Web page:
Security specialists warn email users to be be “extra cautious” this holiday shopping season
Security researchers at web and email firm AppRiver have tracked two types of Amazon phishing emails that are targeting the UK – one at a quantity of 600,000 and the other at 160,000.
Both carry Trojan malware that harvest banking login credentials, email credentials and social media credentials.
Fake Amazon emails
Troy Gill, manager of security research, AppRiver, said: “Currently we are seeing several malware email campaigns posing as legitimate communication from Amazon.”
The first campaign is posing as messages from the amazon.co.uk with the subject line reading: Your Amazon Order Has Dispatched (#3digits-7digits-7digits). These messages pose as order shipment notifications.
Gill said: “These messages began hitting our filters on October 31 and have been coming in consistently ever since. So far we have quarantined just over 600,000 of these messages.”
Each message contains a Word document (MD5: a75e196e6c0cabc145f4cdc3177e66ec) that contains a malicious macro. The macro (if allowed to run) leads to the install of a trojan dropper. The malware currently creates a process named SUVCKSGZTGK.exe on the victims machine. Eventually this leads to the install of keylogging malware designed to harvest banking login credentials, email credentials and social media credentials.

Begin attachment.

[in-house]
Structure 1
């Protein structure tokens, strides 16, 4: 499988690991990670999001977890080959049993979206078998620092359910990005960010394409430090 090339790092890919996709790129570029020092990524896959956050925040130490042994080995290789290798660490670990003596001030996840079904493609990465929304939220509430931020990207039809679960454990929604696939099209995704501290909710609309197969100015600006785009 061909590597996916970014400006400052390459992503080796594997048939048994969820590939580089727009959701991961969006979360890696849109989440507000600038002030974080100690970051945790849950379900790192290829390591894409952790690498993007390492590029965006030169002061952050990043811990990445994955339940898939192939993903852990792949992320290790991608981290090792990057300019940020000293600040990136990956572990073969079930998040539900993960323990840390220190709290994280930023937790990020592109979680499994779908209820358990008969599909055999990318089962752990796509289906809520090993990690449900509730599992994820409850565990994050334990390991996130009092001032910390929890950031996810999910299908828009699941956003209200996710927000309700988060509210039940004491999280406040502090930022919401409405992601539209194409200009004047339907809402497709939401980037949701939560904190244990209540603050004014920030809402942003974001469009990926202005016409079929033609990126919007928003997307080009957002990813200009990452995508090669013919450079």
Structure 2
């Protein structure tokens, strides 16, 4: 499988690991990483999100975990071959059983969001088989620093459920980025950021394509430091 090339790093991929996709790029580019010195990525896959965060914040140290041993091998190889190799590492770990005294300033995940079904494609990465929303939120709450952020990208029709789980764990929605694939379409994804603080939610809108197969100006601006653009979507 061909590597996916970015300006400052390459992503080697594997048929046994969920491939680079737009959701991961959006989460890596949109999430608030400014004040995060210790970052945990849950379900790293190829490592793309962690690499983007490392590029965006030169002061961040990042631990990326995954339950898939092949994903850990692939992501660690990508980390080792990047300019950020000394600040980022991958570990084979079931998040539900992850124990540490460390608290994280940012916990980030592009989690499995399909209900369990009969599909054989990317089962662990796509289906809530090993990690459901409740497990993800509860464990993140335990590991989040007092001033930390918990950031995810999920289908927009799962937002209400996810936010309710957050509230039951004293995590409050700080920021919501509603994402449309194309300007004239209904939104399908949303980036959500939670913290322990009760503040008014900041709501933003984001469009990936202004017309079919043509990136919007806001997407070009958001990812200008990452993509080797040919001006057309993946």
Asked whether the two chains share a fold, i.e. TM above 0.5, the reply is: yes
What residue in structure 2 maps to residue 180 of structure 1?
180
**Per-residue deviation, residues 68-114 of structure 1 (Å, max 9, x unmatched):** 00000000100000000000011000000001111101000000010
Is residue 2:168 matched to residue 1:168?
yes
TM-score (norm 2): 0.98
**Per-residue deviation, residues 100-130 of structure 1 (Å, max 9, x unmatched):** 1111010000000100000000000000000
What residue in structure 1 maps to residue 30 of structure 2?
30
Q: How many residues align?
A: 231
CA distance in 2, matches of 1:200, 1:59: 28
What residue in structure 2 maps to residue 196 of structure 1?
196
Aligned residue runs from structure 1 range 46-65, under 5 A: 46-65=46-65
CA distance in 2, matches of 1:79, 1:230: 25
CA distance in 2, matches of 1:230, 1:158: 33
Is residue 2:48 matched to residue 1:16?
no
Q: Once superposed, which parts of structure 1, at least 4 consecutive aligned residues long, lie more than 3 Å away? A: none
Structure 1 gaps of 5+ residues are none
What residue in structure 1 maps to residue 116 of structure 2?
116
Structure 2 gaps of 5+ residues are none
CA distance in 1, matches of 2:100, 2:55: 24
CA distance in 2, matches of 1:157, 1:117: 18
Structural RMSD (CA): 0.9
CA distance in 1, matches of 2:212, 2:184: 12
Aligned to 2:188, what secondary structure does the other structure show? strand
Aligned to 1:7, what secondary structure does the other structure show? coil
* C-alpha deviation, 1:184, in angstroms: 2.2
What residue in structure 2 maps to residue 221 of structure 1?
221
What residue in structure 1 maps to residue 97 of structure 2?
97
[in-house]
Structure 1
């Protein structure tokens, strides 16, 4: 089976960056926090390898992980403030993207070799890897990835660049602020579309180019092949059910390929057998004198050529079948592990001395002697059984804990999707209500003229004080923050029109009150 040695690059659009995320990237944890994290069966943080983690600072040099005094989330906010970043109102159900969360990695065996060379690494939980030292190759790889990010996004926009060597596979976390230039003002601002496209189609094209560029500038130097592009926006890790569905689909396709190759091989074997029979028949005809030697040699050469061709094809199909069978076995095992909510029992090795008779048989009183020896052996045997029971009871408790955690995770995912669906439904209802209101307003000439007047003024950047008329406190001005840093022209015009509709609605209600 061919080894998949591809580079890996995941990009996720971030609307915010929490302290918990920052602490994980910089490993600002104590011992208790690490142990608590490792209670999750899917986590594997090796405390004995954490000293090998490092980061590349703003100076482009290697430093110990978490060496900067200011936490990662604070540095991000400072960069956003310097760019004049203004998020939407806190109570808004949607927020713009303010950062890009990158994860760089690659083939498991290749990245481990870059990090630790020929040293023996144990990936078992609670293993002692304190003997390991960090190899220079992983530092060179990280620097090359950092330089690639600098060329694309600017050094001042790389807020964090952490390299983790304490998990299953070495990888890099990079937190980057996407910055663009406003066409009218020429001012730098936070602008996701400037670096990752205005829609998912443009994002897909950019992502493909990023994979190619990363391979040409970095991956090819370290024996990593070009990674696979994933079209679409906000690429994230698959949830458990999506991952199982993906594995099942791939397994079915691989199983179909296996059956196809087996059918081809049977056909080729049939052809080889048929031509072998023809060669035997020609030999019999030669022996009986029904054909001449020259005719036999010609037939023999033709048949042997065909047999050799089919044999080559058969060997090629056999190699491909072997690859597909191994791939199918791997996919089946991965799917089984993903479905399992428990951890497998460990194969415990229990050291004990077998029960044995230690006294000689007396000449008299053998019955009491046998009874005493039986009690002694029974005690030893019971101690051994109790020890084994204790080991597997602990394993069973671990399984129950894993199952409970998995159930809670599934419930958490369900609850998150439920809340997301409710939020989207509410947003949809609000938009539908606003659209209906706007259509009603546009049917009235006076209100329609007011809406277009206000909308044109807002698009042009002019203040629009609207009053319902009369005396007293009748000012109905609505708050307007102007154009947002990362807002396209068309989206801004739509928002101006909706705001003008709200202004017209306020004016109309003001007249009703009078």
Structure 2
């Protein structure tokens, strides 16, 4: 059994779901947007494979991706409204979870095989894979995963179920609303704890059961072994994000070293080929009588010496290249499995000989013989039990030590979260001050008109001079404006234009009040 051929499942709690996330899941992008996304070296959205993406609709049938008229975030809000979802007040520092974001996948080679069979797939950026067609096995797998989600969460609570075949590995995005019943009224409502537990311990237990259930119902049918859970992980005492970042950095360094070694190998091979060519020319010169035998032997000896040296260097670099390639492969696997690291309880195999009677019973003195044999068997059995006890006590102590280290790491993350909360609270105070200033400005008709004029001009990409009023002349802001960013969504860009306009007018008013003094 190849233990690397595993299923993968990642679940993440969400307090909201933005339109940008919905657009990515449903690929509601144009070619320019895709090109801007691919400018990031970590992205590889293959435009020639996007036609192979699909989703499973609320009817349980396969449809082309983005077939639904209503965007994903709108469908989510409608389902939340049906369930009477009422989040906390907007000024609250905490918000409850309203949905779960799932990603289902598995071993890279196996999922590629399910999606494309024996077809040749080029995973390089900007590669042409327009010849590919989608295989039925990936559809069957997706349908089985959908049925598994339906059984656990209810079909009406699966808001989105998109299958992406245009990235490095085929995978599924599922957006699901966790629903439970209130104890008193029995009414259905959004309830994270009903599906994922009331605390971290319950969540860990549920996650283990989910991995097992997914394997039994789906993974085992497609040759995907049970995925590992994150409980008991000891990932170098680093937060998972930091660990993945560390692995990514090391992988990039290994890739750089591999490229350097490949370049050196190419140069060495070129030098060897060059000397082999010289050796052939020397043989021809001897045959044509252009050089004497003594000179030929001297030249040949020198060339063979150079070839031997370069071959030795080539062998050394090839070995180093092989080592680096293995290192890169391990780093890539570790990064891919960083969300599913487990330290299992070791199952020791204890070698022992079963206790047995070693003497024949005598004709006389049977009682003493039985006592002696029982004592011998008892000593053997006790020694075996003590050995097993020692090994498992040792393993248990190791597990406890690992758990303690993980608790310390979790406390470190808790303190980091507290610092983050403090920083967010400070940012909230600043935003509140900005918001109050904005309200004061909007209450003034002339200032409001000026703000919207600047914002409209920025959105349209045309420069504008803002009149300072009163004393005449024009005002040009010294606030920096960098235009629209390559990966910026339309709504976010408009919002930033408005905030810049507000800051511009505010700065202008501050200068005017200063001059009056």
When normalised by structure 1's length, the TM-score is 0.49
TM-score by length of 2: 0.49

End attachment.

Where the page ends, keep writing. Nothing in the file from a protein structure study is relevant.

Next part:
“As we commonly see with this these types of campaigns, the payload can be changed out by the malware distributors so this dropper could pull down some other form of malware in the future,” Gill added.
In a separate email blast, another group is distributing malicious emails posing as Amazon order confirmation emails.
Gill said: “These emails are coming in at a slightly slower clip than the former campaign mentioned but we have quarantined nearly 160,000 of these message over the past few days. They appear from amazon.com with the subject reading: Your order on Amazon.com. These emails have a bit more of a legitimate look as they utilize actual graphics taken from Amazon. Instead of a malicious attachment, these messages utilize links to compromised wordpress sites.
“Clicking these links launched the download of a .scr file, which should be a huge red flag to most users. The .scr file)(MD5: 09cb12d7cd0228360cd097baeaaa6552) is in fact a Trojan dropper that will lead to the install of more malware once it has infected the host. Once again, from here, the sky is the limit for the malware distributors since they can now download and install remote files of their choosing. Currently this infection appears to be targeting the users keystrokes for harvesting sensitive data.
“This is a very popular time of the year for these types of scams with so many people in shopping mode in preparation for the holidays. With many people expecting purchase confirmations and shipping confirmations with much more frequency, it increases the likelihood that people will far for this scam with a far greater frequency. Be extra cautious this holiday shopping season and if you are suspicious of unauthorised activity on your Amazon account, never follow the link in an email such as this, go directly to the website and check your account from there.”
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